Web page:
New marine sensor technologies devised by scientists in the United Kingdom have been tested on a research cruise in the Canary Islands and are now ready to be developed further for commercialization.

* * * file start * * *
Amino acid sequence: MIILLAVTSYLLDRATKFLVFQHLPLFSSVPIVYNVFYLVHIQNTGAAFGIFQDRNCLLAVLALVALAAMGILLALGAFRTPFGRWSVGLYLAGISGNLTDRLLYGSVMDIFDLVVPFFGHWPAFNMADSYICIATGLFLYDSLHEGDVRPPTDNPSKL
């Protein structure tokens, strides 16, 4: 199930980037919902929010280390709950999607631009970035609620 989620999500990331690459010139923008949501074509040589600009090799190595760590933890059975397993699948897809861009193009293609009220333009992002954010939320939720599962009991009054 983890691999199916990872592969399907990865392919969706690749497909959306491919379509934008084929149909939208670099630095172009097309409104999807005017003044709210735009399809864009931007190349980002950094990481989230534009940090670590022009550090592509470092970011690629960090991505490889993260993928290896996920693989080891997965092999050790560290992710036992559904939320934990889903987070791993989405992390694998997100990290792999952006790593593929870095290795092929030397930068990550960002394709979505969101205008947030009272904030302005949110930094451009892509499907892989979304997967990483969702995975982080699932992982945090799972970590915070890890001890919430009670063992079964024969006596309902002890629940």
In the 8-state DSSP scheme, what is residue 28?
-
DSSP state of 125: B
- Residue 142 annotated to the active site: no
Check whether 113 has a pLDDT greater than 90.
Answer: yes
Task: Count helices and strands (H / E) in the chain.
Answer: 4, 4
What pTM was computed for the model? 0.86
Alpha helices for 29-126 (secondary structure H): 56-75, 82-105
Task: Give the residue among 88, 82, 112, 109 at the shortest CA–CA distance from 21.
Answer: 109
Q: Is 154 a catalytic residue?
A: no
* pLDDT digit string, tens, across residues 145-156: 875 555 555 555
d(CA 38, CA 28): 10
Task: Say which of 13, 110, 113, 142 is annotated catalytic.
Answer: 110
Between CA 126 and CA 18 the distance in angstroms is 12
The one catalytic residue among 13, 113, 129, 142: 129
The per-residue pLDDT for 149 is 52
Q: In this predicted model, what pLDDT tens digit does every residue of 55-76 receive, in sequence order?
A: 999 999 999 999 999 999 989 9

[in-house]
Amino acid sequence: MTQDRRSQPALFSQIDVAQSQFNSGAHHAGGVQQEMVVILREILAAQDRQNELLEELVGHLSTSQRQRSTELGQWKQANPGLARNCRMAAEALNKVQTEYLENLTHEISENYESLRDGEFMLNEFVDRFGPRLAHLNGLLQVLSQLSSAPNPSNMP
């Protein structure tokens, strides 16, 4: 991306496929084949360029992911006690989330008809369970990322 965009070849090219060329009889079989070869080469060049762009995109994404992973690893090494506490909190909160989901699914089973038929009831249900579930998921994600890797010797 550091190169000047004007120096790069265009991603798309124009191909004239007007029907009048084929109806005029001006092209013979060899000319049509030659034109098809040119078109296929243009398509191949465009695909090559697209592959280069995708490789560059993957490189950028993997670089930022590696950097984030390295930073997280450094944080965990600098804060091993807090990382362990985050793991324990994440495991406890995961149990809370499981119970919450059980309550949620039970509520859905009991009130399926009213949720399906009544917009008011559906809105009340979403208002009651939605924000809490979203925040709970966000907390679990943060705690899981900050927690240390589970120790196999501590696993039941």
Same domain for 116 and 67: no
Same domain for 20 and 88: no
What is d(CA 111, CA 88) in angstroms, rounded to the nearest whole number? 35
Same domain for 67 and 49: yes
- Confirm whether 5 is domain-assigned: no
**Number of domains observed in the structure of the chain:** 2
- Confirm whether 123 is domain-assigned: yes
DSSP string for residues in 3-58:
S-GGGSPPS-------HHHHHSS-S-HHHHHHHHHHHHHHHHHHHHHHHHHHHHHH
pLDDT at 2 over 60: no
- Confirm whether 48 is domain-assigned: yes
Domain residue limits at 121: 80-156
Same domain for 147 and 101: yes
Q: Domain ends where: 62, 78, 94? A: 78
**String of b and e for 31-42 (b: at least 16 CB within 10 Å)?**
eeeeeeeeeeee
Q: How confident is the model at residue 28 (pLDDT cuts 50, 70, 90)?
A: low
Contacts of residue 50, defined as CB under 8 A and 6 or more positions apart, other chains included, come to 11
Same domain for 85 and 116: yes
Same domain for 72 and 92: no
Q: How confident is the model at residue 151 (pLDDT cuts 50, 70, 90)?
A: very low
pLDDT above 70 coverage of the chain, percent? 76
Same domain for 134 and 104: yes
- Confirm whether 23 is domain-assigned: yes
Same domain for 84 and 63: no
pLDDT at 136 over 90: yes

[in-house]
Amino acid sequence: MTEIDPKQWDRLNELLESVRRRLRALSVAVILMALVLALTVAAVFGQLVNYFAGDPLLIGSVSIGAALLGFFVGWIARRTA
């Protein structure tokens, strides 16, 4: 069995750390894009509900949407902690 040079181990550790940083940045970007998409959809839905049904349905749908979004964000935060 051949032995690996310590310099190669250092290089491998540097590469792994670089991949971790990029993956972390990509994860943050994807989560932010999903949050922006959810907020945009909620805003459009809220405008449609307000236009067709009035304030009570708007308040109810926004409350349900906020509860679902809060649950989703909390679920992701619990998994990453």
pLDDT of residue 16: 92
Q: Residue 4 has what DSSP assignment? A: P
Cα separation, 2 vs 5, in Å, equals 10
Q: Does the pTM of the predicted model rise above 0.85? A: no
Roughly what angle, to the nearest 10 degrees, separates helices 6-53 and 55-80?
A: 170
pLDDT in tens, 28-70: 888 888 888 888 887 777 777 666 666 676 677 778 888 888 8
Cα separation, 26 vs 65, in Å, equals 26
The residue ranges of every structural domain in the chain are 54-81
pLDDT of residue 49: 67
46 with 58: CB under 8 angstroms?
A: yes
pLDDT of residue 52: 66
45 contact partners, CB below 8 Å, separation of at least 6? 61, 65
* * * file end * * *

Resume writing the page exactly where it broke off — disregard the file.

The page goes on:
‘After nine months of the four-year, two million pounds project, researchers have developed the first of a new generation of miniaturized sensors to measure marine environments and have tested them at depths of 1,600 metres. “These sensors were dropped into the water strapped to a device which measures the temperature and salinity of the oceans as a function of depth, and the sensors measured the nitrate and nitrite concentrations which are important characteristics of ocean chemistry,” said Professor Hywel Morgan, from Southampton University’s School of Electronics & Computer Science. “Phosphate, iron and manganese can also be measured with this technology,” added Prof Morgan who was aided by Dr Matt Mowlem at the National Oceanography Centre, Southampton, southern England. Now that the researchers have established that the sensors are capable of measuring harsh environments, they will develop them further so that they can be deployed for months at a time. The project is funded by the UK’s Engineering & Physical Sciences Research Council and the Natural Environment Research Council and has two aims: to develop lab on a chip chemical and biochemical analysers to detect nutrients and pollutants at the ultra-low concentrations found in the ocean; and to develop small chips to identify individual phytoplankton in the oceans.